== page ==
Leichte Kavallerie (Light Cavalry), a comic operetta in two acts, with a text by C. Costa, was first staged at the Carltheater on 21st March 1866. The overture opens with a fanfare, echoed, before launching into the familiar music of sparkle and brilliance. It is here followed by the overture to Tricoche und Cacolet, a humorous treatment of life in Paris in three scenes, based on the work of Meilhac and Halevy in aversion by Treumann. It was first performed at the Carltheater on 3rd January 1873. Its pastoral opening over a drone is soon replaced by the inevitable Viennese turn of musical phrase, after a brief fugal passage.
The operetta Boccaccio oder der Prinz von Palermo, with a text by the successful partnership of Zell and Genee, was first staged at the Carltheater on 1st February 1879. The three-act operetta was described by suppe as the greatest success of his life. Zell was the pseudonym of Camillo Walzel, who had spent seventeen years as a captain with the Danube steamship Company, after a varied earlier career. He was artistic director from 1884 to 1889 at the Theater an der Wien, where Richard Genee was conductor from 1868 to 1878. Zell, Genee and Suppe died within a few weeks of each other in 1895. The plot of the operetta concerns the poet Boccaccio and his attempts, in various disguises, to woo the natural daughter of the Duke of Tuscany, Fiametta, whom, in spite of his scandalous reputation in Florence, he eventually marries. The March is heard in Ac t III and appears again to bring the whole piece to a memorable conclusion.
The Titania Waltz might seem to lack something of the delicacy of the fairy- queen, but is characteristic of Viennese operetta rather than of remoter regions of mysterious enchantment. Fatinitza, another Zell and Genee collaboration, is an operetta in three acts, based on La circasienne of Eugene Scribe, set by Auber. Set in the Crimean War, it deals with the mistakes that occur when Lieutenant Vladimir adopts female disguise, captivating the General Kantschukoff and later finding himself imprisoned in a Turkish harem. Using a libretto rejected by Johann Strauss, it was first staged at the Carltheater on 5th January 1876.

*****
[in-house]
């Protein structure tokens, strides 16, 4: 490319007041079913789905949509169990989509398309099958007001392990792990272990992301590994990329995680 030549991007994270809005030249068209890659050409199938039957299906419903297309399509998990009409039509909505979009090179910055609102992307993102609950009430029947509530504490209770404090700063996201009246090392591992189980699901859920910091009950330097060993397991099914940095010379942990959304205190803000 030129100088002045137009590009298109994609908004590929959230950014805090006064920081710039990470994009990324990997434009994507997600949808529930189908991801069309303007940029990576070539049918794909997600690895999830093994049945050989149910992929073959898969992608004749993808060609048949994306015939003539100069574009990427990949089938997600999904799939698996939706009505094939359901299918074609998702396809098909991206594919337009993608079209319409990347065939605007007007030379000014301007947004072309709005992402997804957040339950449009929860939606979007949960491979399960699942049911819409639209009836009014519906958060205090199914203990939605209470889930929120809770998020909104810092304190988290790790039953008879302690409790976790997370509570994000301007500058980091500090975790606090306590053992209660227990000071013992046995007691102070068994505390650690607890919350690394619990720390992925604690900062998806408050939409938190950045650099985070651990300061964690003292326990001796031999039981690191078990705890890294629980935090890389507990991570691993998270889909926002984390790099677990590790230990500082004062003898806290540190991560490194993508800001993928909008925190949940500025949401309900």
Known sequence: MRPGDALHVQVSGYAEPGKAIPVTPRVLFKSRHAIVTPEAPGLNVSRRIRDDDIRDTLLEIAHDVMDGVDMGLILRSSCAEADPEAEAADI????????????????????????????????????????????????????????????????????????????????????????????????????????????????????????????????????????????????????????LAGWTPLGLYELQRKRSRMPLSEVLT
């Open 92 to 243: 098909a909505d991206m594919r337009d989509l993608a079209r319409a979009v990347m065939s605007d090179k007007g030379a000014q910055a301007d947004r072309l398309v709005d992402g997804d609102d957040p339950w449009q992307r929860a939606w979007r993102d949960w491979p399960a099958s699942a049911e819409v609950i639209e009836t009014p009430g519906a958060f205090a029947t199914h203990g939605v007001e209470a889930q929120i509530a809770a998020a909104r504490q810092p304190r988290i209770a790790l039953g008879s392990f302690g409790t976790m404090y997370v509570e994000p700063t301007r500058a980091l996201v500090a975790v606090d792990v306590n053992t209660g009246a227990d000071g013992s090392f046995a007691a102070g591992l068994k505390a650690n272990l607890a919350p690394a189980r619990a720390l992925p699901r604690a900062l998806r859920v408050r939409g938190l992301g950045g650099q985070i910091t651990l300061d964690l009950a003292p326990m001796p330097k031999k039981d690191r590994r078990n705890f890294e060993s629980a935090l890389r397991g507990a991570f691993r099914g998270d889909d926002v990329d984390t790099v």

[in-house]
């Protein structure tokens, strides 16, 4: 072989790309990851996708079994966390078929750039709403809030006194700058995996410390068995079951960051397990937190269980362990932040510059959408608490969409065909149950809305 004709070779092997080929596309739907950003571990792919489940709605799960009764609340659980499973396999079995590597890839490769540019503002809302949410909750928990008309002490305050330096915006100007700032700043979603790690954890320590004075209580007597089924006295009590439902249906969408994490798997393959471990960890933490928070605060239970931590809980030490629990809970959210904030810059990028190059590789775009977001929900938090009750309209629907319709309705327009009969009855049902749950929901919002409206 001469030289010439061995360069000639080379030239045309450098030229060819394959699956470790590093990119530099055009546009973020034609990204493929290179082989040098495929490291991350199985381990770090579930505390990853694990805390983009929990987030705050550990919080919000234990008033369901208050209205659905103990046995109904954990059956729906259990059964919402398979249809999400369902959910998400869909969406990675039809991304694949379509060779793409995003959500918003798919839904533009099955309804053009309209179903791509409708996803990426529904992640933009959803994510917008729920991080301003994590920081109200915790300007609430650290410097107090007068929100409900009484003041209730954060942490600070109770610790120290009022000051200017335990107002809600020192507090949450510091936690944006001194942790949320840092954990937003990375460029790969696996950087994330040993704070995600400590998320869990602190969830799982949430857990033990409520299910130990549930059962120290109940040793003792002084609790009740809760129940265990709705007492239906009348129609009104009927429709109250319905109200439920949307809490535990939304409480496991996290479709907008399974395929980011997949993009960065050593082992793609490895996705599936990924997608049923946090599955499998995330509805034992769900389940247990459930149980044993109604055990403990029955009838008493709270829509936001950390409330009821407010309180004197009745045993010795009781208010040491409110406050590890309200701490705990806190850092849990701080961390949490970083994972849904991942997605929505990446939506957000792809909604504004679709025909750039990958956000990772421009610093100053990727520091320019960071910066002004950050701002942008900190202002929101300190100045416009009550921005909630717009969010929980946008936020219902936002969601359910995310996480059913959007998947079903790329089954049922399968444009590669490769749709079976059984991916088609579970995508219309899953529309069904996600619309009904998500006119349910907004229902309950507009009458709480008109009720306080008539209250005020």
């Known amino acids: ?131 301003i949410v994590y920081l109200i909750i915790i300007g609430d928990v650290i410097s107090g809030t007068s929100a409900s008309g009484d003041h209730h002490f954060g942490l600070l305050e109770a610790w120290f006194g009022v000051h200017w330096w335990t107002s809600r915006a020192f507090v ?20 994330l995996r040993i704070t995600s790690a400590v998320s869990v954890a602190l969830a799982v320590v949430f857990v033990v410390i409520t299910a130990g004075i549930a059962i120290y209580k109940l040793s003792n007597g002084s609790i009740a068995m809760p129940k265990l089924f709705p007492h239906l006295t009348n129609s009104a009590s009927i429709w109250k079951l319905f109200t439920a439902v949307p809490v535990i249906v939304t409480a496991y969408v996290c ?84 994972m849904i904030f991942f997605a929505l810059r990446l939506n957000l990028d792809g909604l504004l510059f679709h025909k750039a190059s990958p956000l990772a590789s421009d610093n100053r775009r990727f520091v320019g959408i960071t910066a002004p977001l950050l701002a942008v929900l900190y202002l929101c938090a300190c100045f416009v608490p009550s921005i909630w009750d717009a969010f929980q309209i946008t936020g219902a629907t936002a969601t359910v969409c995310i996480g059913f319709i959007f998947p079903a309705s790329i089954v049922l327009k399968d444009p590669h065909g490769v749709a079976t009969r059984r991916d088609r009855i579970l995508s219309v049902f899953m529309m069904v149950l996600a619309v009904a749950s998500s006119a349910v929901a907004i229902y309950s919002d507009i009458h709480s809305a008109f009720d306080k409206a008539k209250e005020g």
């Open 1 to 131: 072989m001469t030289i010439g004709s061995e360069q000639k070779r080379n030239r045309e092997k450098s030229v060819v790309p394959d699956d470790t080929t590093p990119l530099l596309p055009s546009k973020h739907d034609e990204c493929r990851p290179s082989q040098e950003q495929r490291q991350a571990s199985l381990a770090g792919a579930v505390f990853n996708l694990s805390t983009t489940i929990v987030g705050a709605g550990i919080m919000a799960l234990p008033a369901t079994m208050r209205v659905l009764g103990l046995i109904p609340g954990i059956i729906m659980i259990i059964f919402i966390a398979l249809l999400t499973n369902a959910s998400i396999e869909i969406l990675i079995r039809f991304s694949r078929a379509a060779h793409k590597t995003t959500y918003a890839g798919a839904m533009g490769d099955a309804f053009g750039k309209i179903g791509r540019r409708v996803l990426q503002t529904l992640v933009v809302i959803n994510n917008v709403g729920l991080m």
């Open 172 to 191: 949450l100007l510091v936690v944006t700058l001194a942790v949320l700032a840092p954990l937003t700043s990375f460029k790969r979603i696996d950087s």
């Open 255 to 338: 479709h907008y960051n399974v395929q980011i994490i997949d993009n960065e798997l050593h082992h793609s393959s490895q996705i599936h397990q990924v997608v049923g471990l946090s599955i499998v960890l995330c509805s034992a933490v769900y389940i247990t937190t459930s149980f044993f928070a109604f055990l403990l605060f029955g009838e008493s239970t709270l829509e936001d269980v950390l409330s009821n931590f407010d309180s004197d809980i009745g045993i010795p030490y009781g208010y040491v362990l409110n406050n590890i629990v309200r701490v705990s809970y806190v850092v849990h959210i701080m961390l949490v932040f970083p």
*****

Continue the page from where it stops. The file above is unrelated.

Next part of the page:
The Humoristische Variationen on the popular folk-song Was kommt dort von der Hoh’? open with a dramatic introduction. Brief wind recitatives punctuated by full orchestral chords lead to a popular tune that must remind English listeners of The Grand Old Duke of York and variations giving scope for the piccolo and other wind instruments before the strings take their lugubrious turn. The march later turns into a waltz, bringing the variations to an end.
Die Heimkehr von der Hochzeit (Homecoming from the Wedding) has an overture that starts with agentie flute cadenza before turning to material of more obvious celebration. A carnival Posse, with a text by Feldmann, it was first staged at the Theater an der Wien on 8th January 1853. It is here followed by a polka from the romantic Herzenseintracht (Harmony of Hearts).